VizHeads by

VizHeads is an independent and experimental interactive data visualization by that displays a catalog of the most recommended people and organizations in the dataviz world according to their peers, in an unexpected and fun way.
Using data gathered by the Data Visualization Society Annual Survey, we wanted Vizheads to be the perfect link to send to friends when asked: “I’m interested in data visualization. Who should I follow?”
It is a way to recognize fellow professionals, pay homage to people and organizations we admire, or even get to know new references.
The floating heads were a way to emphasize the humanity and realness of our community while also being engaging. It is made for people and by people.
Many hours were spent collecting and curating pictures of more than 400 heads and enriching the database with websites, social media, and other information to provide research material for others.
Plus, the data analysis revealed a hidden story. We noticed a significant need for citations in the Survey for Global South representatives of the dataviz community (a lack of heads in our viz!). It struck us with a bigger question: Are we doing enough to uplift dataviz experts from other parts of the world, or are we just reinforcing the same Global North-centered mindset?
The colors, both in the 2021 and 2022 surveys, show the different distribution of each region. You can see that more than 95% of recommendations are from the Global North by clicking on the regions below. Switching the flip in the middle shows that it hasn’t changed from one year to the next, and there is still a lot to be done in terms of diversity and equity. Although it speaks for the type of representation within the Dataviz Society, it may show we are not used to looking outside our realities and bubbles.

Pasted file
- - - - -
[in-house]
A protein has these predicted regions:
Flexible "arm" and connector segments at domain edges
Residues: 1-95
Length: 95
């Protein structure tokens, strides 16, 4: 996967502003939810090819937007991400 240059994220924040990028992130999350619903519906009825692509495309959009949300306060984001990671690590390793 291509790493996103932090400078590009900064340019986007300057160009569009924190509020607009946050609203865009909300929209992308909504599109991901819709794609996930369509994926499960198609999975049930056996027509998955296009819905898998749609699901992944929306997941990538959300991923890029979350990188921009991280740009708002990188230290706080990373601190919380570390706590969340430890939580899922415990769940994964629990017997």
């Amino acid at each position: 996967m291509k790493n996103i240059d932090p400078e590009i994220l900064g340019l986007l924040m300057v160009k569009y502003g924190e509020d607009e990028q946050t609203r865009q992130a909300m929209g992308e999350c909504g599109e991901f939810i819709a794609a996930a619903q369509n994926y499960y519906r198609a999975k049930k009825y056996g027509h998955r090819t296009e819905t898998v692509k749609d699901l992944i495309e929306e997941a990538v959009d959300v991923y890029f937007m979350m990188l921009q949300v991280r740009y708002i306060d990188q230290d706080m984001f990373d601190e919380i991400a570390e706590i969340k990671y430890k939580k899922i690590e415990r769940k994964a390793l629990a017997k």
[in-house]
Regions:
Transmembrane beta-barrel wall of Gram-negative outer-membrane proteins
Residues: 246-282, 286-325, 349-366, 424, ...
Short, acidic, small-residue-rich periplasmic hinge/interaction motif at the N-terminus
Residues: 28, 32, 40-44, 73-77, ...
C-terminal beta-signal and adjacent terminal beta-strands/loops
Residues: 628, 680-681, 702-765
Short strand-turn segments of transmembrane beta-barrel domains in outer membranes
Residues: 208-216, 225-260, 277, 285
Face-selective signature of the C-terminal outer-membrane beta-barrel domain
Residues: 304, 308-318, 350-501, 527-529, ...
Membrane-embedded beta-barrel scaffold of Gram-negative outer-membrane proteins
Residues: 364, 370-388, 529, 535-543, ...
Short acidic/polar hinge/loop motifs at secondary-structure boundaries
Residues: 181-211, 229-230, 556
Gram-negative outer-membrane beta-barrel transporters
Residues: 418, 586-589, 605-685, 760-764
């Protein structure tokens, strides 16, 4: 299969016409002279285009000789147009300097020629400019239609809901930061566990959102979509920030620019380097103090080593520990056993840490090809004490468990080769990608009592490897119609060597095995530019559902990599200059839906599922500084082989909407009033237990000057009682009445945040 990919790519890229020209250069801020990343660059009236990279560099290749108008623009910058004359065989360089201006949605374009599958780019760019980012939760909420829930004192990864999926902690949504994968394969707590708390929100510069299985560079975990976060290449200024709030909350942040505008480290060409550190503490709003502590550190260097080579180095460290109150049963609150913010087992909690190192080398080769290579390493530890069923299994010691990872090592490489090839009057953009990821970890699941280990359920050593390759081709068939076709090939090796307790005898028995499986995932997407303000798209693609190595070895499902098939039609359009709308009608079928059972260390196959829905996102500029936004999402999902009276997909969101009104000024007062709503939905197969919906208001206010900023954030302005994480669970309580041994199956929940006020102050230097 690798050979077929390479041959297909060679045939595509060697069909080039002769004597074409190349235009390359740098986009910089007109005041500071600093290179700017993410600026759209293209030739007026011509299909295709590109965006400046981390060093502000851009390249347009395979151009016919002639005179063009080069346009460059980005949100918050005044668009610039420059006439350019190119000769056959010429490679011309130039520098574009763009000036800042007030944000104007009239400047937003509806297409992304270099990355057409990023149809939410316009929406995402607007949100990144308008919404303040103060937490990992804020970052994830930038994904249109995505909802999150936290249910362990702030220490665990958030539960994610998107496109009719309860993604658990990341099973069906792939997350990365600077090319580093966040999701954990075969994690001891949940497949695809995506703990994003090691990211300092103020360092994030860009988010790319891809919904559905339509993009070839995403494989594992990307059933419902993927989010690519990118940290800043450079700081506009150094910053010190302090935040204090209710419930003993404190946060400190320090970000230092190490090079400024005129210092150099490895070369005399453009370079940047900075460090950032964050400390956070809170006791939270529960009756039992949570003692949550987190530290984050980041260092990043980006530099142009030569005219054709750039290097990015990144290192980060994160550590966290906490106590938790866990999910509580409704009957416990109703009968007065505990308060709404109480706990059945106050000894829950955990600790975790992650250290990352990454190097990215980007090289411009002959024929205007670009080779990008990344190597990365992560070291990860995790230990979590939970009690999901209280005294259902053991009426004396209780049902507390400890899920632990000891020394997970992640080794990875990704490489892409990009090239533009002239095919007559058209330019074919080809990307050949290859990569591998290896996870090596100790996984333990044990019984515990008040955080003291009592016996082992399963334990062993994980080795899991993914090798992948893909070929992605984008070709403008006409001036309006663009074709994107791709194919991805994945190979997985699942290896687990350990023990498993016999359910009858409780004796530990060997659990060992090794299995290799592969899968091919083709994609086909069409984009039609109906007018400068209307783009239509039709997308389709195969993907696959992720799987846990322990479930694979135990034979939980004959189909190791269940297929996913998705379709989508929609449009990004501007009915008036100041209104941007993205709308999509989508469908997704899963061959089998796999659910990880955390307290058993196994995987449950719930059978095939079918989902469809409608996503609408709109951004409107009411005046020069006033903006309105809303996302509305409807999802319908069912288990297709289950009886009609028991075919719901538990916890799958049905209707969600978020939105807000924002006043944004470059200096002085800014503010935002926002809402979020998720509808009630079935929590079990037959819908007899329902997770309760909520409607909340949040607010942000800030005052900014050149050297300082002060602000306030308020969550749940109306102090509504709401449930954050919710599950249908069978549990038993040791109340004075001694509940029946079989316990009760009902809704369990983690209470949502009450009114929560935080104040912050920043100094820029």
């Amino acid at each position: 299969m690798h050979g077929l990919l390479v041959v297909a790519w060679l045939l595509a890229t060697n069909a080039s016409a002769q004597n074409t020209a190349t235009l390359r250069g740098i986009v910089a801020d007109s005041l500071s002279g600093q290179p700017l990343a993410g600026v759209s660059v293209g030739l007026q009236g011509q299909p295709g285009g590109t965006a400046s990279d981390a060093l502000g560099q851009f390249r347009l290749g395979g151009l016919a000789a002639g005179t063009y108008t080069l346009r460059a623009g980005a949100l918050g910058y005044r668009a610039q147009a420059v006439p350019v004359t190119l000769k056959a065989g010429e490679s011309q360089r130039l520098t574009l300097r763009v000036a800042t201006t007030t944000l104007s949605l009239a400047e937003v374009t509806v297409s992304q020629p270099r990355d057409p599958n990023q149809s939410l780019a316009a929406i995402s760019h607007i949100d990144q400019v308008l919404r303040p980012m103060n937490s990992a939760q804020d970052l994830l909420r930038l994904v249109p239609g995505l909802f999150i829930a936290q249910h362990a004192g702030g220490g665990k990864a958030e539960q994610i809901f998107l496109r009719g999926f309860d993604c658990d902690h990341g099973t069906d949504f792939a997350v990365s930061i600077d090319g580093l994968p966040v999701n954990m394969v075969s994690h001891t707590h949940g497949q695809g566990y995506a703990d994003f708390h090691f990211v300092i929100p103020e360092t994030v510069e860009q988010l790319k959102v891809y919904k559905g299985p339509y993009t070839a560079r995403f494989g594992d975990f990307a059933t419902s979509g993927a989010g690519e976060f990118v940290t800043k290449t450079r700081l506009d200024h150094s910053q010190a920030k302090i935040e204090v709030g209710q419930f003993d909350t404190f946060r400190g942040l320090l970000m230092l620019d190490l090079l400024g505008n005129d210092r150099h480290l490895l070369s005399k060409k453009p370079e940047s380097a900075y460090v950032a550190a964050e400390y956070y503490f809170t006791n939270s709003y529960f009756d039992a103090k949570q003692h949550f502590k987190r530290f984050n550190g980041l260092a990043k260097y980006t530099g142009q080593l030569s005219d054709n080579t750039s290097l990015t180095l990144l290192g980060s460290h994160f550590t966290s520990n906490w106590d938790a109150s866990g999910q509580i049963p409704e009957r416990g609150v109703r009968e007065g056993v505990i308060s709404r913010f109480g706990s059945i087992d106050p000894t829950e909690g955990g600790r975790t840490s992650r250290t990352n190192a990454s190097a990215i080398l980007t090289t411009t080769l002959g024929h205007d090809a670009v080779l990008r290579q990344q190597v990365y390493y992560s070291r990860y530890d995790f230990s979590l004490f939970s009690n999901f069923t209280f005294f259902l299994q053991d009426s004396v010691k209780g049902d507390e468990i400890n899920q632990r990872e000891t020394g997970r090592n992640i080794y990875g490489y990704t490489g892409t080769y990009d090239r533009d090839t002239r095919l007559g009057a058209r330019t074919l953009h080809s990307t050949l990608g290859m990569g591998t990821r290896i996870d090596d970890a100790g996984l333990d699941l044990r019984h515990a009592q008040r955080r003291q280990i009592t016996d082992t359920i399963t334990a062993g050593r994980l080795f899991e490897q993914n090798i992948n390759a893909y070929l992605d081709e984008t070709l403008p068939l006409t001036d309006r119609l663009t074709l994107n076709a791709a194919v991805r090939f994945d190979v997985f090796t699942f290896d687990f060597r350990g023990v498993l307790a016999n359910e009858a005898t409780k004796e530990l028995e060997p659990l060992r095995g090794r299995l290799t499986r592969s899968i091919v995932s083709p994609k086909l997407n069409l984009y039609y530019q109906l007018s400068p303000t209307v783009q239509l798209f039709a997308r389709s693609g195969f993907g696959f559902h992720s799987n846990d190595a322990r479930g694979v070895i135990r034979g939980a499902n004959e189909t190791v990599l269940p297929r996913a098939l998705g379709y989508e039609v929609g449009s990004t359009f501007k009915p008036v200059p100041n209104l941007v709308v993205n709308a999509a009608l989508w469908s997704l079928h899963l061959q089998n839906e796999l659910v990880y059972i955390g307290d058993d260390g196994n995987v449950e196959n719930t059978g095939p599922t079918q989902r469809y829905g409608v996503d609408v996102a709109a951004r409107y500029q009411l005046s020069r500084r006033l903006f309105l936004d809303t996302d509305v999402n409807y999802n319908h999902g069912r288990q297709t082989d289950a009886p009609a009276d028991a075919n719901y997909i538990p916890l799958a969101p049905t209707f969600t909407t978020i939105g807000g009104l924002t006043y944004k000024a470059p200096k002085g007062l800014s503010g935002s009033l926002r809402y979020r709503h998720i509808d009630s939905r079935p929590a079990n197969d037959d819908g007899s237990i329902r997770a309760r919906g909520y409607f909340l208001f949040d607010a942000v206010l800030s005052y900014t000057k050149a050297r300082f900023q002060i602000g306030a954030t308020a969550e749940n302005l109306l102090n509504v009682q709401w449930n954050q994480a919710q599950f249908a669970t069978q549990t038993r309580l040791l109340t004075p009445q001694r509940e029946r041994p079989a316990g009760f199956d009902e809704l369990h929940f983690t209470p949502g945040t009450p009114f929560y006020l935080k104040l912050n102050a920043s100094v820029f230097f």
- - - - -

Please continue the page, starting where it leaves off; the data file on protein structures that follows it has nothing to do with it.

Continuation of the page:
It is an ongoing internal project, with new features added to show how powerful dataviz can be to reveal our biases.
Other interactions, like the heads rearranging randomly and movements from the search bar, were added after testing other types of interactivity that could make this serious topic represented in a non-traditional way. We want to user to find hidden interactions as they explore the viz. A lot of effor has been put on making sure it is responsive, as that the interactivity loads smoothly for every computer and mobile device.
Lastly, each head has information on region and gender that recommended them as a first initiative to dig more into these issues.
Although the project is meant for the dataviz community, it is being used as reference material from many institutions, professors, and people from the field. We are also happy to see many datavizers share the work in their socials, surprised to be recognized. Especially fellow South of the Globe representatives.
We wish to continue our studies on recommendation bias, adding gender and other layers to the work.

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